How can going for a walk in early childhood education and care be interconnected with rights and democracy?

Research output: Other contributionBlog


Have you ever thought about how early childhood services, including schools, nurseries or children’s centres “are portals into the community” (Cameron and Moss, 2020: 226)? That was one of the provocations from Professor Peter Moss’s edited book that we discussed at our recent online reading group. At Edge Hill University we host a research network that foregrounds the agency and rights of children and part of that means hosting online reading groups. In May of this year, we looked at some of the chapters of this edited text and Peter kindly joined us to think about some of these provocations and bigger political questions around early childhood and democracy. One point that really resonated through the discussion was about the significance of educational experiences that are rooted into local communities.

It made us think about how experiences that we take for granted in our everyday practice that engage with places, things and experiences really matter. Simple things such as walking to the local park, making connections with local shops and services or even walking to the post box with letters to send to family members are all everyday thrilling adventures when you are a little child. But they are also doing bigger work. All these seemingly mundane activities are packed with social capital and can enable early childhood education and care to feel rooted into communities that open the potential to, “connect diverse groups, which is essential for expanding networks and opportunities, and so promote social inclusion and cohesion” (Cameron and Moss, 2020: 226). Sharing common experiences that build connections and promote the fostering of listening to children is a valuable everyday lived experience (Moss et al. 2005).

Whenever you see and feel a locality with young children, you notice things they notice, and this offers an opportunity for them to share what is important to them, like the way to their grandparents’ house, or the little cat they spy over a wall or a puddle with a whole world of splashy excitement. They are a way for children to share the places they come from and an opportunity to revel in what they already know about the places they live. Tuning into children’s talk helps foreground their voice in expressing how they think and feel that are all characteristic of Article 12 of the United Nations Conventions on the Rights of the Child (United Nations, 1989).

Learning beyond the classroom does so many important things. It empowers children to feel confident about their place in the world and their sense of identity that closely links to general comment 7 of the UNCRC (United Nations, 2005). In this way, we see early childhood as a public service that is widely inter-connected with belonging. Such interconnections bring the realisation that education has a long and significant relationship with ideas related to social inclusion, community coherence, children’s rights and democracy itself. Education here goes hand in hand with care and, the space where they both meet might just be what makes the interconnections meaningful beyond the demands of curriculum policy (Moss and Mitchell, 2024).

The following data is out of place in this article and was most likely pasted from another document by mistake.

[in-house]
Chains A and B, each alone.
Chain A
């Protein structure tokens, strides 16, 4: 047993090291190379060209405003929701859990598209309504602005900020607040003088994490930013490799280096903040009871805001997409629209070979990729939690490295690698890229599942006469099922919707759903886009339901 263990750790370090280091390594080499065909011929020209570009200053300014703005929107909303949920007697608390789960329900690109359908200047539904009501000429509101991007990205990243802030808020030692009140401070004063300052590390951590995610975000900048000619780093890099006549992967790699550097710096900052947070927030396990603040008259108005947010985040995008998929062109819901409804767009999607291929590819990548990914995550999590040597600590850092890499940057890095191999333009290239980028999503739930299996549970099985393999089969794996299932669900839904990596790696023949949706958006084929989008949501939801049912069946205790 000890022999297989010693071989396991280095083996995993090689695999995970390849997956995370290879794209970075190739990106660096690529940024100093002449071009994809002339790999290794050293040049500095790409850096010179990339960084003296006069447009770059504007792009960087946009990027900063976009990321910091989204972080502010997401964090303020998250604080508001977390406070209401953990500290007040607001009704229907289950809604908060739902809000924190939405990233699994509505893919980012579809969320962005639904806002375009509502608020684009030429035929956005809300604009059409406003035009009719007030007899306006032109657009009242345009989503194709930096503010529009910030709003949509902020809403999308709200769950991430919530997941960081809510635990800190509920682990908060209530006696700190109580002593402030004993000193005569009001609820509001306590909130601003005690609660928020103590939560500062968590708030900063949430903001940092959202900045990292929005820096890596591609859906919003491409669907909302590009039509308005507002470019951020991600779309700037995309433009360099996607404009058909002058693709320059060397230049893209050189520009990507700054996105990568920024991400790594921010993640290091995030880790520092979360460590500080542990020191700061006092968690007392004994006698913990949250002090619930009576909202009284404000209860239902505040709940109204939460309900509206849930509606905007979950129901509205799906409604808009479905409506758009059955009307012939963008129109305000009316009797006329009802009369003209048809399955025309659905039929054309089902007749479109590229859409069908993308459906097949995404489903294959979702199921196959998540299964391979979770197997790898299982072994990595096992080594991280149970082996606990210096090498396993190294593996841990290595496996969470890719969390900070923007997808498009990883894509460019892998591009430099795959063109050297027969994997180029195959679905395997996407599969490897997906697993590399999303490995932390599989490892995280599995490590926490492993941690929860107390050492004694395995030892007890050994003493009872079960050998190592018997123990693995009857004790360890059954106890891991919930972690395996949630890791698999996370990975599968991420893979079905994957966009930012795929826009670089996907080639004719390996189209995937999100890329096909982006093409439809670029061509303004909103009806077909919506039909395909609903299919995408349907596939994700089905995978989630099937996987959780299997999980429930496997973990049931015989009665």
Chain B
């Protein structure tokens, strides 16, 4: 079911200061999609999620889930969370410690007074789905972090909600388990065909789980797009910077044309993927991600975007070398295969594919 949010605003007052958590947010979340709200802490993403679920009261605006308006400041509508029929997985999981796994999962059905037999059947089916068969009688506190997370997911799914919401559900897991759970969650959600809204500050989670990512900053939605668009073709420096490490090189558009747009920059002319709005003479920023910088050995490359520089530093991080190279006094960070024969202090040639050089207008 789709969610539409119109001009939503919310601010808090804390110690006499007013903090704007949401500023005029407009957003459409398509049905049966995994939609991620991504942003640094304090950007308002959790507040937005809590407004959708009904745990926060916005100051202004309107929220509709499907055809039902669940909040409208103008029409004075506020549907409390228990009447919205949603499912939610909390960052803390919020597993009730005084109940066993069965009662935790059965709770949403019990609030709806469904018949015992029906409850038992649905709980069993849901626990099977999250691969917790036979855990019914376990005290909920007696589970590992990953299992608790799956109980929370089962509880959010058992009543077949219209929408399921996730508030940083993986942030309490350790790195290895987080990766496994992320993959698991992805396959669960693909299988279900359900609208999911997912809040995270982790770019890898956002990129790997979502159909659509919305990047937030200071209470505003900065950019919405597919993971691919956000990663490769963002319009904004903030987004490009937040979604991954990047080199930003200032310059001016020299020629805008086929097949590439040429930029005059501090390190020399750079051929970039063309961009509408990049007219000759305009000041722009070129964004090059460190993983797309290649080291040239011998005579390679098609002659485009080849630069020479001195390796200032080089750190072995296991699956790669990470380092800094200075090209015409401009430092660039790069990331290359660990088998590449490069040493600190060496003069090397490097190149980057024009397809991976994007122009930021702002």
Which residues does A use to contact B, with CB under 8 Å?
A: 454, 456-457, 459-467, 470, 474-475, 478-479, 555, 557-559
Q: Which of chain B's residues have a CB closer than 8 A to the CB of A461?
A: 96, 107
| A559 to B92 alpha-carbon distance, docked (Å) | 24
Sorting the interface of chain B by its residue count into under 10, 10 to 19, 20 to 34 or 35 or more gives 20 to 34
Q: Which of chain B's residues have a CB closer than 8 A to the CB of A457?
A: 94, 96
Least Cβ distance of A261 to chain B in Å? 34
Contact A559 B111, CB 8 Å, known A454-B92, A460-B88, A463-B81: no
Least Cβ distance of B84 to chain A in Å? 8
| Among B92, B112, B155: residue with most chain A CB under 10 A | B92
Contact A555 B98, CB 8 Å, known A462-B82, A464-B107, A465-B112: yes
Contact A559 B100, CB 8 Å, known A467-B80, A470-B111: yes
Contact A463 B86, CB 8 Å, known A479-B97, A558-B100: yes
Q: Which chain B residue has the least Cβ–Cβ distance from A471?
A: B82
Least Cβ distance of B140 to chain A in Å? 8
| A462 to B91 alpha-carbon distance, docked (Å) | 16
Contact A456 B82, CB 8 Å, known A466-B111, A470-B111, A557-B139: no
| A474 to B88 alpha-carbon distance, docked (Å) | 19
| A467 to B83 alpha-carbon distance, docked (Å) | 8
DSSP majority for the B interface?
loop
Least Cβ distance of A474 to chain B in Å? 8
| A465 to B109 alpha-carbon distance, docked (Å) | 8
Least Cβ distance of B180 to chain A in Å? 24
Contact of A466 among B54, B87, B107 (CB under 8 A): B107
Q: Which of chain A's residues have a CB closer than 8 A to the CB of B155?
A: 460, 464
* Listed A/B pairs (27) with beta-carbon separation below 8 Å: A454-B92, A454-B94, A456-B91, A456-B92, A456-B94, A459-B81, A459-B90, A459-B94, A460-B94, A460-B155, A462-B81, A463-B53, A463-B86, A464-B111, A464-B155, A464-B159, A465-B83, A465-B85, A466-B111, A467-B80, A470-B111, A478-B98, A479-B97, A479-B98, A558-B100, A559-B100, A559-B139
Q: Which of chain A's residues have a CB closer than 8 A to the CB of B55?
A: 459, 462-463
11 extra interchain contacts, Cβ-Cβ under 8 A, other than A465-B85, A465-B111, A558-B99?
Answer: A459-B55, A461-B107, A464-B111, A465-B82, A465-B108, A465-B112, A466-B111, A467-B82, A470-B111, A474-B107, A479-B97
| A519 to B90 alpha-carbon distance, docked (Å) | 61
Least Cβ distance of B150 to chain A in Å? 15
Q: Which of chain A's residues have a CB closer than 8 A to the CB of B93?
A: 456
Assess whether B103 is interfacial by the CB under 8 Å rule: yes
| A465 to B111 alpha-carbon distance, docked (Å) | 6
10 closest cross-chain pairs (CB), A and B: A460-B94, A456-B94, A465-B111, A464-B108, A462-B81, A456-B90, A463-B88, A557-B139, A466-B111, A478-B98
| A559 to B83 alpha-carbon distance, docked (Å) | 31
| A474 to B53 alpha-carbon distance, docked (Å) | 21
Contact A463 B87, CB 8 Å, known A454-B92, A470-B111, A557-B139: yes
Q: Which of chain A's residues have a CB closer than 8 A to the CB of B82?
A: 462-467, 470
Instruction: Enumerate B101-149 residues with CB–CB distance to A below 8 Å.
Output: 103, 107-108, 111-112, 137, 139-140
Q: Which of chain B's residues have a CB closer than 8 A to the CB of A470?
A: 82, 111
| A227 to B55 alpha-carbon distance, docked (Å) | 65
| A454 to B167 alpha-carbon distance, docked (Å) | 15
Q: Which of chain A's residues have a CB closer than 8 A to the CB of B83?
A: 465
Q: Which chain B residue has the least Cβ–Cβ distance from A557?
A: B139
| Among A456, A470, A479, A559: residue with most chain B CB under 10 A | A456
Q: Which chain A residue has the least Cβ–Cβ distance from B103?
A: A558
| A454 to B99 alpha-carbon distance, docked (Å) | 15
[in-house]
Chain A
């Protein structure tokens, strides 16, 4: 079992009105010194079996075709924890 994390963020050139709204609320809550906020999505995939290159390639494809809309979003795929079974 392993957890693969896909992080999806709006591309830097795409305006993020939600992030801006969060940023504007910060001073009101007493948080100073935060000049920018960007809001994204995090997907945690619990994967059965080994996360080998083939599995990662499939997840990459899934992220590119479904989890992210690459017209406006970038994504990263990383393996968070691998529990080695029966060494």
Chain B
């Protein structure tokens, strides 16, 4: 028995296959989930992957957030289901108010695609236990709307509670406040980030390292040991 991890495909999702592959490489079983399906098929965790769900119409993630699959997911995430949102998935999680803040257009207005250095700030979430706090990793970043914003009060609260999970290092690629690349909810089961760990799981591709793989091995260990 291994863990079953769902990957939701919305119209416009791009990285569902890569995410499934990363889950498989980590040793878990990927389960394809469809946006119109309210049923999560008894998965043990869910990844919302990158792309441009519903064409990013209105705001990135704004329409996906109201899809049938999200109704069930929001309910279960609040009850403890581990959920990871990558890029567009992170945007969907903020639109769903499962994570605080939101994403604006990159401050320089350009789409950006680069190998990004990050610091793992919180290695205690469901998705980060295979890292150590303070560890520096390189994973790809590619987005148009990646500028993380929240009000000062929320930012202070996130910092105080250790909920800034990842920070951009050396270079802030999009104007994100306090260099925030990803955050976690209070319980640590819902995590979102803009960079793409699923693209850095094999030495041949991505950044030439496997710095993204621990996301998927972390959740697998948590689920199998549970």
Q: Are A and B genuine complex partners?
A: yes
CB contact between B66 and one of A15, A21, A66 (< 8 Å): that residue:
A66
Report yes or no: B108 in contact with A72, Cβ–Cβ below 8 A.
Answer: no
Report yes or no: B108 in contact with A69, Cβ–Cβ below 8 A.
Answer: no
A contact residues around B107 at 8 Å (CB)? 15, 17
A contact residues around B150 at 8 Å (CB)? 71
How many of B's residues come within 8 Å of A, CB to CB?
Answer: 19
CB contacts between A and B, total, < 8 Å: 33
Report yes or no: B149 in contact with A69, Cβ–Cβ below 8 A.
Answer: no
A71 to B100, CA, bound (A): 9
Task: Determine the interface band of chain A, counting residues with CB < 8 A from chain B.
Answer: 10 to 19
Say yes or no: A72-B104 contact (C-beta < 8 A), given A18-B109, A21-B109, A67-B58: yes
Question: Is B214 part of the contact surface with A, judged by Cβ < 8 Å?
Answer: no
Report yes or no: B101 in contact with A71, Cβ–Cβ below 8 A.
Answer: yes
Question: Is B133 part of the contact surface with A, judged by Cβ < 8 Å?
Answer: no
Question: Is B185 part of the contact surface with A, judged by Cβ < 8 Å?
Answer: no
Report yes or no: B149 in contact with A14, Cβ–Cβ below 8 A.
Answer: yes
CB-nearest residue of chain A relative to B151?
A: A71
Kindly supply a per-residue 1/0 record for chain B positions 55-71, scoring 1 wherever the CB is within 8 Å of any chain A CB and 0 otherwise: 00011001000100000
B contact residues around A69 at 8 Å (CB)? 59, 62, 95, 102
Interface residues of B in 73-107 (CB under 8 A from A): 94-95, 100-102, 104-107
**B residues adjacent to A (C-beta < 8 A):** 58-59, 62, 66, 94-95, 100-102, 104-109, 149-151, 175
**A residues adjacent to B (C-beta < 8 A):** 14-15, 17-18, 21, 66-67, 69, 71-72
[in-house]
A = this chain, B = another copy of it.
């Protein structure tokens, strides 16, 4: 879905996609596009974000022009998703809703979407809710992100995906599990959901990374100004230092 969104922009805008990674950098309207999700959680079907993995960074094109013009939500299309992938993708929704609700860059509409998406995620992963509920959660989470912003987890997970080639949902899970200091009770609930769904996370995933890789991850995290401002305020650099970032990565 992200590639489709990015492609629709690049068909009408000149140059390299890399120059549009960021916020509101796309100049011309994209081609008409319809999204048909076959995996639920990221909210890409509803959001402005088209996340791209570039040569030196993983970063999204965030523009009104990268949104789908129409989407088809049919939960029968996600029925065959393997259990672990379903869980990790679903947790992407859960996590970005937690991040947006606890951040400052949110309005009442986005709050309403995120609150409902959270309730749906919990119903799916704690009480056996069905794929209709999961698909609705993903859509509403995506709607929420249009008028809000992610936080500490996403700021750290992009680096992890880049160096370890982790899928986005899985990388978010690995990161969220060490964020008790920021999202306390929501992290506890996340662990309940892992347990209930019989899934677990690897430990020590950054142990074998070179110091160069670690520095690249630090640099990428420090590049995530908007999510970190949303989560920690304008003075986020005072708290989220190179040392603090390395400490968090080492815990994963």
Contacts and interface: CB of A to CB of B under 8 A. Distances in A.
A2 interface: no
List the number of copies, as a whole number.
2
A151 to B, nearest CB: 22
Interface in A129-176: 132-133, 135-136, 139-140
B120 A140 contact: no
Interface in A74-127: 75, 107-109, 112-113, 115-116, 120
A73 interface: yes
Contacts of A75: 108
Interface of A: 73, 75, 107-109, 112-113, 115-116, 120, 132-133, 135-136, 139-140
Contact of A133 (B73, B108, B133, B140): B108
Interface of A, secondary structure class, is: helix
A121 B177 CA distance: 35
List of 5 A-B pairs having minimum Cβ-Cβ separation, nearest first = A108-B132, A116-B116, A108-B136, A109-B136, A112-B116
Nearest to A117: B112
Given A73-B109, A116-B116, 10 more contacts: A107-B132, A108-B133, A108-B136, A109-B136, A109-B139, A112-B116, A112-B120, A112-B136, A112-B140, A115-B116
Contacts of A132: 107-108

When you go for a walk, you might find that learning moves beyond what can be predicted. What is left is room for children themselves to foreground their way of seeing and sensing the world as protagonists and agents of their own lives. In making room for children to explore beyond what is planned for, other opportunities can arise through those spontaneous relationships that unexpectedly happen (Rouse and Hadley, 2018). This culminates in nurturing an ethos that goes beyond the curriculum and embraces ideas of children as citizens, the value of early childhood, home learning environment and the place of community in children’s lives.

So, what are you waiting for? Not only does going for a walk offers co-constructed educational experiences it is so much more. It is worth the time spent with risk assessments because it opens pedagogy outside of walls and allows children (and educators) vital time and space that is so often marginalised by a transmissive pedagogy and ‘school readiness’ agendas (Clark, 2022).

You can relisten to the reading group with Peter, along with staff, students and participants all in dialogue about early childhood as a site of rights, agency and democracy. Please come and join our CARE research network future events, whether you are a student, educator or researcher, they are free to attend, and you will get a great Lancashire welcome.
Original languageEnglish
Media of outputWebsite
PublisherEdge Hill University
Publication statusPublished - 10 Jun 2024

Research Groups

  • Children's Rights and Wellbeing Research Network


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